Hon. Forks, it is very clear now that Malawi is in a grave situation following the resurgence of new Covid-19 infections that are overwhelming hospitals and killing more and more people in short lapses of time.
This increase in Covid-19 cases has been widely attributed to imported cases from South Africa which has the highest number of infections on the continent besides having recently identified a new strain of the pandemic that is fast-spreading.
Ministry of Health figures show that about 50 people died of Covid-19 this week alone bringing the total number of deaths to 275 and 3 642 active cases by Wednesday this week.
It is, therefore, no doubt that this increase is believed to have been amplified by foreigner and returnees entering Malawi from the rainbow nation and other countries facing the same challenge.
However, the latest trends are also a forceful reminder to all citizens that we cannot continue on our usual path mostly as has been littered with appalling public defiance to basic Covid-19 prevention, containment and management rules enforced by the government from time to time.
While some people are losing their loved ones to the pandemic every day, it is disheartening to see others deliberately ignoring these guidelines, including social distancing, hand-washing with soap regularly and wearing face masks in public places, in broad daylight.
Without a doubt, lack of adherence to such measures is what has pushed Covid-19 admissions to over 400 percent within weeks into the New year, piling pressure on the already understaffed hospitals and making them seem like death traps due to severe capacity constraints
Hon. Folks, in such a crisis, politicians many not entirely escape responsibility and many bear the blame for most of the health disasters that Malawians faced yesterday and today, including Covid-19.
Which brings us to the next subject on lack of seriousness among our leaders who have always remained bent on enriching themselves at the expense of poor Malawians who routinely elect them into various leadership positions?
For years politicians have cheated the citizens by failing to implement crucial policies aimed at ensuring smooth delivery of health services to Malawians and instead they have used their incapability as springboards for siphoning donor and public funds into their pockets.
Take for instance the Health Sector Strategic Plan (HSSP), a five-year public health sector medium term plan first developed to run from 2011-2016 and its successor HSSP II which is assumed to be under implementation at the moment and expires next year.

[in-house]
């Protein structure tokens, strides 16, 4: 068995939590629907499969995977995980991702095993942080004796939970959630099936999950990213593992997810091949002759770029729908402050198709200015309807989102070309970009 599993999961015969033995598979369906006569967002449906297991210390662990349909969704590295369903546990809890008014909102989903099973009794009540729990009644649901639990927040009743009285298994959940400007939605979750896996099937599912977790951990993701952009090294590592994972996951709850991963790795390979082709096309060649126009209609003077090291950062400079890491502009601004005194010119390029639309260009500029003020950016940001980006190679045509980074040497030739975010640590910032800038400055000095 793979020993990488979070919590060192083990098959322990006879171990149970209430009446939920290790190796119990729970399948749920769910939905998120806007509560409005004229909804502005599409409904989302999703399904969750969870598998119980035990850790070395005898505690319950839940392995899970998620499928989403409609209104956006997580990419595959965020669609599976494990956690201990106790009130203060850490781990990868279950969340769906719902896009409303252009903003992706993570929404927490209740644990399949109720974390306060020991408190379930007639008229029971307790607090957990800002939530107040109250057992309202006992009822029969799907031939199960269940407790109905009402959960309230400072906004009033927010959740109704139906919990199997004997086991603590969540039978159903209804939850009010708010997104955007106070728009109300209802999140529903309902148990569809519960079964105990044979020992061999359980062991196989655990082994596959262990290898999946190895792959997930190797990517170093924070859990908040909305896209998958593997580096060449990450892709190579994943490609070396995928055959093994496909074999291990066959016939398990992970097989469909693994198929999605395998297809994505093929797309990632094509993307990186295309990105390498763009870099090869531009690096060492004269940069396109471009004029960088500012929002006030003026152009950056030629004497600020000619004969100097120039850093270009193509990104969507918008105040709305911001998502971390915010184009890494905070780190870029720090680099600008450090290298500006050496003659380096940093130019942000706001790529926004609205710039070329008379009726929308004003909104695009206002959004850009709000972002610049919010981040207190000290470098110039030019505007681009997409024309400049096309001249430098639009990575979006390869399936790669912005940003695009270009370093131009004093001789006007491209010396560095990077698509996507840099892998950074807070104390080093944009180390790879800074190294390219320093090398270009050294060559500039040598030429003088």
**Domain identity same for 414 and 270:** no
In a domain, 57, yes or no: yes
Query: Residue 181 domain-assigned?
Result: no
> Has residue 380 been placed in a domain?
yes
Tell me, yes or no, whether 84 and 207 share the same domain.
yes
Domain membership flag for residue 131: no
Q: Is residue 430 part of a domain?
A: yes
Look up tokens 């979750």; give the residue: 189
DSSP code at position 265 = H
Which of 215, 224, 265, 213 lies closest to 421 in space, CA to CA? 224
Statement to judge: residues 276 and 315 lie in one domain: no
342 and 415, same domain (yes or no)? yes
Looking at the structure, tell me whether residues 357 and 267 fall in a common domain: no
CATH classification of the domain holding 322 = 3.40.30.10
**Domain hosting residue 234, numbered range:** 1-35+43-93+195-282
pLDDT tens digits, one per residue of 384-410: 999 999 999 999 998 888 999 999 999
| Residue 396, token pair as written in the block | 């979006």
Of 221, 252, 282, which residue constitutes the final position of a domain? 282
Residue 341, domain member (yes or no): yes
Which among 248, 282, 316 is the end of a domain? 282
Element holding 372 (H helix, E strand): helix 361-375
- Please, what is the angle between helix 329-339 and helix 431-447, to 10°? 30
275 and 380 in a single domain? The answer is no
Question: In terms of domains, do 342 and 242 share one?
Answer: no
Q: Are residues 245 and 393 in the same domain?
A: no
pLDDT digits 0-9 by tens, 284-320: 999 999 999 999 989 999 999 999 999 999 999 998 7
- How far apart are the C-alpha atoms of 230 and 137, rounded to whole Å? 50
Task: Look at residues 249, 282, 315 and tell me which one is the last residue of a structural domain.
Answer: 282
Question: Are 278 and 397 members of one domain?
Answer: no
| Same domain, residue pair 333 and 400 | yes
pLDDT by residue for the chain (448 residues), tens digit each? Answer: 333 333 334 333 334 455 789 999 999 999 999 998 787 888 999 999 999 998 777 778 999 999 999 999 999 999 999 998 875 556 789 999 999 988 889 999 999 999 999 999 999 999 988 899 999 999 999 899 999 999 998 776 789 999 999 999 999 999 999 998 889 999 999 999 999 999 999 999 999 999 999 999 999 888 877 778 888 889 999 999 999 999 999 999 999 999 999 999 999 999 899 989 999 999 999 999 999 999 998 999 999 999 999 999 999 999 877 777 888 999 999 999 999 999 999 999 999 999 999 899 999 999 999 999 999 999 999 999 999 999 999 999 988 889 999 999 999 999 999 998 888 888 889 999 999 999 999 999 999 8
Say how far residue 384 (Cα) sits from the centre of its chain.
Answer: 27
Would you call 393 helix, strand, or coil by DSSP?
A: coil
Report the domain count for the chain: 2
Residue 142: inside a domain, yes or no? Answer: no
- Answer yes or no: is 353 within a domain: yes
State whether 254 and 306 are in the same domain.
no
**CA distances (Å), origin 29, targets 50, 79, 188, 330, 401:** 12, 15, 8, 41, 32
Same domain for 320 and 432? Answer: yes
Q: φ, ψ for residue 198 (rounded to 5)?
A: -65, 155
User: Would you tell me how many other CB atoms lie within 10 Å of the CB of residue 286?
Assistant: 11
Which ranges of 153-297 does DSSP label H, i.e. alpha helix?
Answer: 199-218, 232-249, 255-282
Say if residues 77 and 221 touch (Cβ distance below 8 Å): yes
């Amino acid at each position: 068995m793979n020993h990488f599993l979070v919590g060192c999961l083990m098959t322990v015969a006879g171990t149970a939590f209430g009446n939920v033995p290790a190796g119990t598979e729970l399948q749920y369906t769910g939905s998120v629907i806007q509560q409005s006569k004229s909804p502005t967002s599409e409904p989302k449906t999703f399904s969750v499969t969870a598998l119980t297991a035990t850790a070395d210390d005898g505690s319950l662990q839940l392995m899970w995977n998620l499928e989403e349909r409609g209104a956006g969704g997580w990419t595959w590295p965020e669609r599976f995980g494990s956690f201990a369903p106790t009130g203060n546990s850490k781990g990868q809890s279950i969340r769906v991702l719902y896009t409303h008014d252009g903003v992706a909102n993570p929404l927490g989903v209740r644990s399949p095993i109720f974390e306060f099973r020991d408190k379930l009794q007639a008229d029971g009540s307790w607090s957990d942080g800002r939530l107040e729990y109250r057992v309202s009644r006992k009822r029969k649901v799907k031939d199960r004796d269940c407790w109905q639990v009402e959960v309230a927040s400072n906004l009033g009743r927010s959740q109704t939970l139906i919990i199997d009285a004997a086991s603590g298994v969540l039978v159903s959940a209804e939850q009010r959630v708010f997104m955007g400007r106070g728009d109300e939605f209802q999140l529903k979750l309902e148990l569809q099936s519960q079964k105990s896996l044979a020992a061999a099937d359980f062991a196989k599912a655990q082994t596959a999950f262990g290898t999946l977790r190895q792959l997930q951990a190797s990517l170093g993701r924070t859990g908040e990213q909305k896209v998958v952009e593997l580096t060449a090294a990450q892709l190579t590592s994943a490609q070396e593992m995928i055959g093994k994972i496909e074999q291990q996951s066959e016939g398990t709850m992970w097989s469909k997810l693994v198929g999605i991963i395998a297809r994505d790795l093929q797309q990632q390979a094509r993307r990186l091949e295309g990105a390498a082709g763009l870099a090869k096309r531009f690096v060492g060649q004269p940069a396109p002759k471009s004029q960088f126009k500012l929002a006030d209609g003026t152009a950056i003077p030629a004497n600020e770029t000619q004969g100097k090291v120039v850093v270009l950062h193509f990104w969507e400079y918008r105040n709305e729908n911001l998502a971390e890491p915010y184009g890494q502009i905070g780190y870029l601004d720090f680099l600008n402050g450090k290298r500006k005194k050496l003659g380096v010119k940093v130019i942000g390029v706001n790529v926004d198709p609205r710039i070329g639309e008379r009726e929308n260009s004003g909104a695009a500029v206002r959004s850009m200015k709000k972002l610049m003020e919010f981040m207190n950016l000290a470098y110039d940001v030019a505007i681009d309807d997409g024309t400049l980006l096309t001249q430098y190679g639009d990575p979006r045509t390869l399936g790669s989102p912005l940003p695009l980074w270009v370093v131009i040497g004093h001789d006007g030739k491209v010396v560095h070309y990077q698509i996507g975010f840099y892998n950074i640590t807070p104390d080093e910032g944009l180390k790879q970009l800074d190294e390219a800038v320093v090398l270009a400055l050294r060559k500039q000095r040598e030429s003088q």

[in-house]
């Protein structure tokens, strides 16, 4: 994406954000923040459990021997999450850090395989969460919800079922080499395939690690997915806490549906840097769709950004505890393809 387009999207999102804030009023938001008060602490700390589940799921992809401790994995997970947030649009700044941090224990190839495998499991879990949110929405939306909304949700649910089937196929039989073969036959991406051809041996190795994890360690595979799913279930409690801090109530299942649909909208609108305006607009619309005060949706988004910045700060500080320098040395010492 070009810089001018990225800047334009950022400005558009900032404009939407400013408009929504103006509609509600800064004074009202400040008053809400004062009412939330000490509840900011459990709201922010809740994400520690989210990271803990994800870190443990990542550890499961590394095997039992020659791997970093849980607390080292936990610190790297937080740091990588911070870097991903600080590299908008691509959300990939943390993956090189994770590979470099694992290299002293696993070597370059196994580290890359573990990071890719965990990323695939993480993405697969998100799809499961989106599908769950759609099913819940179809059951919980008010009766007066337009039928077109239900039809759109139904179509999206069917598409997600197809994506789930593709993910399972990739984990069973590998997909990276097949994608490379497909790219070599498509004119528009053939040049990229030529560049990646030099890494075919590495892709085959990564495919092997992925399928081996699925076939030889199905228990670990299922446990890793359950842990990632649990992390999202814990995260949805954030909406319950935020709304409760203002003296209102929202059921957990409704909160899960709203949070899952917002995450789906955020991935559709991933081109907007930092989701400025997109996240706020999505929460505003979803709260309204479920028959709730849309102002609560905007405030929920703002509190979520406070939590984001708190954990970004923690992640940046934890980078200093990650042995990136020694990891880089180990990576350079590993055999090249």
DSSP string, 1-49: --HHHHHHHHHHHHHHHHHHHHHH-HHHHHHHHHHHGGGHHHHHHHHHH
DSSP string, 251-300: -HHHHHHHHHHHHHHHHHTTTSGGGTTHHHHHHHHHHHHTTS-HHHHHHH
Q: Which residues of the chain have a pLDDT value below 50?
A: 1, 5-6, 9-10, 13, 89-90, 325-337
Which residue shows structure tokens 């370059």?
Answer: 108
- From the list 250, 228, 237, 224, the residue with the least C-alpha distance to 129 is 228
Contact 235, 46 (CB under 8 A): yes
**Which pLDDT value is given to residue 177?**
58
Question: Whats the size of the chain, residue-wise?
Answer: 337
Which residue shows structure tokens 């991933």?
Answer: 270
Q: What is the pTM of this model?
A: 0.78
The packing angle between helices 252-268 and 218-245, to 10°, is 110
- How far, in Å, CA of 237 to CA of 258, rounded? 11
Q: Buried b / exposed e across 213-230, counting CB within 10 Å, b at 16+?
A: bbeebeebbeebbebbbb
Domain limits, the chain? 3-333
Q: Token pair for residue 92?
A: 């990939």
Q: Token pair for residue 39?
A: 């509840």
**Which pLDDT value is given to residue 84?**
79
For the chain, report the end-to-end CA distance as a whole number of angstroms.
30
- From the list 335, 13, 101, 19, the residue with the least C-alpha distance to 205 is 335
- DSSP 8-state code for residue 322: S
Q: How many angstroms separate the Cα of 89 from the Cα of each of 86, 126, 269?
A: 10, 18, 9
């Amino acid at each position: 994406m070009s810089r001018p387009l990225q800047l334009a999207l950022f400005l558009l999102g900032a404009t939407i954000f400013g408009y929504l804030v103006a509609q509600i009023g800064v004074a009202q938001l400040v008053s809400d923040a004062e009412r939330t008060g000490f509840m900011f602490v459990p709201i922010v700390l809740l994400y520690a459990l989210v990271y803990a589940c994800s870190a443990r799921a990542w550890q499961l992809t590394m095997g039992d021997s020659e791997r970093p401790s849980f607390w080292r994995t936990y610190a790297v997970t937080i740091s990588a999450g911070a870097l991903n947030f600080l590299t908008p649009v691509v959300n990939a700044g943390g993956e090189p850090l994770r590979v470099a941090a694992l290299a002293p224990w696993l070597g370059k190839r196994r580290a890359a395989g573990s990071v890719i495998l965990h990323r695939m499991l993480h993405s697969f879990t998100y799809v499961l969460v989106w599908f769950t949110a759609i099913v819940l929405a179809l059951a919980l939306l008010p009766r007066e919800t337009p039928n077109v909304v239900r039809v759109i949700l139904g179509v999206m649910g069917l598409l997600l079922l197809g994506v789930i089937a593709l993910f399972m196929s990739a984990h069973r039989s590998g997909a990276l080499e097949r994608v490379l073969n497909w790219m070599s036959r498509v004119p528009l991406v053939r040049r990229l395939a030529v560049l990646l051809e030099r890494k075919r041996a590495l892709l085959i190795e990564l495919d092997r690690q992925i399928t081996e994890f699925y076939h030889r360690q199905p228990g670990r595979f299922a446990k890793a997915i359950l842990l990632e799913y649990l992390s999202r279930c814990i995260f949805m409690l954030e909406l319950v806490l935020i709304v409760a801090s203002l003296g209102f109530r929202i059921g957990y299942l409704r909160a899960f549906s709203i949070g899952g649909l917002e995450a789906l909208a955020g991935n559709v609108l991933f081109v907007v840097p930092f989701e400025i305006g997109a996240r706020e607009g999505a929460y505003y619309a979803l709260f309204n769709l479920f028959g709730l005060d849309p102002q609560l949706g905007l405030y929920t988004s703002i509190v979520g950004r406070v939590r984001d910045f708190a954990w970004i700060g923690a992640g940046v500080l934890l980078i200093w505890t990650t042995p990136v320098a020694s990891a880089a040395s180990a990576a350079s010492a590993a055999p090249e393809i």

These tools were both crafted by the Ministry of Health (MoH) with support from donors and comprise key strategies for addressing inequalities that hinder Malawians from attaining good healthcare in public health facilities.
These strategies sought to improve the availability and quality of health infrastructure, improve availability, retention, performance and motivation of staff and improve the availability, quality and utilisation of medicines in hospitals, all of which am sure could have played a big role in dealing with the current crisis.
But alas! Many years down the line, the country is still moving in circles with successive governments failing to improve health service delivery, including constructing new hospitals as projected in the books at Capital hill.
Unfortunately, such important issues affecting the majority of citizens—millions precisely—are typically forgotten by those in power and they usually summon up their senses when something dreadful happens to them or their loved ones.
Hon.folks, when former president Bingu wa Mutharika died in office in 2012, there was an urgent recommendation to construct a military hospital to handle different cases, including full-size emergencies, but the proposal is still a white elephant many years down the line.
Construction of this particular hospital was one of the recommendations by the Commission of Inquiry into circumstances that led to Mutharika’s death—particularly the manner he was treated before and after reaching Kamuzu Central Hospital.
But today the project which has already squandered huge sums of tax payer’s money is yet to take off while the government continues to spend billions of Kwacha in external medical referrals.
With this pandemic still devastating Malawians, authorities must seriously consider investing in health facilities that can help ease access to improved heath care for all citizens not just the selected few who are flown abroad for medical care.